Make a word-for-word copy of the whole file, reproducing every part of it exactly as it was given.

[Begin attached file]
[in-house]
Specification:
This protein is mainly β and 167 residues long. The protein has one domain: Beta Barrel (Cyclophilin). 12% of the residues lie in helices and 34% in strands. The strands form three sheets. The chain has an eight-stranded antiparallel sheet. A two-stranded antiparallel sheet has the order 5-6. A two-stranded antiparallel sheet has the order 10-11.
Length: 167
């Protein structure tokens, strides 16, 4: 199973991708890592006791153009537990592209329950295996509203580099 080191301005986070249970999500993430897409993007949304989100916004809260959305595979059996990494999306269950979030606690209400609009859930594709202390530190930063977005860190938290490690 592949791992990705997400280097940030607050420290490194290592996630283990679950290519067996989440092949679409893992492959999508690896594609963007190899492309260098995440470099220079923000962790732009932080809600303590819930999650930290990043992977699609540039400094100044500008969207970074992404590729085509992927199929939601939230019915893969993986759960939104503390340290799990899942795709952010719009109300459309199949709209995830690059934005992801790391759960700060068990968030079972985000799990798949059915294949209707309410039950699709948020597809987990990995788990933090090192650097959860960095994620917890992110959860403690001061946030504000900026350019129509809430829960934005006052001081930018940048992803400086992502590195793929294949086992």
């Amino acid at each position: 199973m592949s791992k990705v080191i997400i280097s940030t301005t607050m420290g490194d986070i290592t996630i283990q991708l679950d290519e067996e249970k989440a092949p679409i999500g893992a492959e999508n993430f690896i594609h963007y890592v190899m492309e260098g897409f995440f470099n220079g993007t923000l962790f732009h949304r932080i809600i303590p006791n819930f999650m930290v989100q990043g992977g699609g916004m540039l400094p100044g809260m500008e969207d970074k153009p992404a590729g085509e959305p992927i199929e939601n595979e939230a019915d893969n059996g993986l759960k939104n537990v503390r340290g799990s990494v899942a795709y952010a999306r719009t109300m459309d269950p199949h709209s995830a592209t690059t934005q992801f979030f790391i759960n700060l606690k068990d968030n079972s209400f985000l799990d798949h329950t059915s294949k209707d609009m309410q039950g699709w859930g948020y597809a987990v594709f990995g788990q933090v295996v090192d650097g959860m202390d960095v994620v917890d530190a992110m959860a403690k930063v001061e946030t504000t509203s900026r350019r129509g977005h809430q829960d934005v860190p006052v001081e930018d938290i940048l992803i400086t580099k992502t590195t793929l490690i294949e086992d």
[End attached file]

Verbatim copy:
[in-house]
Specification:
This protein is mainly β and 167 residues long. The protein has one domain: Beta Barrel (Cyclophilin). 12% of the residues lie in helices and 34% in strands. The strands form three sheets. The chain has an eight-stranded antiparallel sheet. A two-stranded antiparallel sheet has the order 5-6. A two-stranded antiparallel sheet has the order 10-11.
Length: 167
């Protein structure tokens, strides 16, 4: 199973991708890592006791153009537990592209329950295996509203580099 080191301005986070249970999500993430897409993007949304989100916004809260959305595979059996990494999306269950979030606690209400609009859930594709202390530190930063977005860190938290490690 592949791992990705997400280097940030607050420290490194290592996630283990679950290519067996989440092949679409893992492959999508690896594609963007190899492309260098995440470099220079923000962790732009932080809600303590819930999650930290990043992977699609540039400094100044500008969207970074992404590729085509992927199929939601939230019915893969993986759960939104503390340290799990899942795709952010719009109300459309199949709209995830690059934005992801790391759960700060068990968030079972985000799990798949059915294949209707309410039950699709948020597809987990990995788990933090090192650097959860960095994620917890992110959860403690001061946030504000900026350019129509809430829960934005006052001081930018940048992803400086992502590195793929294949086992």
């Amino acid at each position: 199973m592949s791992k990705v080191i997400i280097s940030t301005t607050m420290g490194d986070i290592t996630i283990q991708l679950d290519e067996e249970k989440a092949p679409i999500g893992a492959e999508n993430f690896i594609h963007y890592v190899m492309e260098g897409f995440f470099n220079g993007t923000l962790f732009h949304r932080i809600i303590p006791n819930f999650m930290v989100q990043g992977g699609g916004m540039l400094p100044g809260m500008e969207d970074k153009p992404a590729g085509e959305p992927i199929e939601n595979e939230a019915d893969n059996g993986l759960k939104n537990v503390r340290g799990s990494v899942a795709y952010a999306r719009t109300m459309d269950p199949h709209s995830a592209t690059t934005q992801f979030f790391i759960n700060l606690k068990d968030n079972s209400f985000l799990d798949h329950t059915s294949k209707d609009m309410q039950g699709w859930g948020y597809a987990v594709f990995g788990q933090v295996v090192d650097g959860m202390d960095v994620v917890d530190a992110m959860a403690k930063v001061e946030t504000t509203s900026r350019r129509g977005h809430q829960d934005v860190p006052v001081e930018d938290i940048l992803i400086t580099k992502t590195t793929l490690i294949e086992d």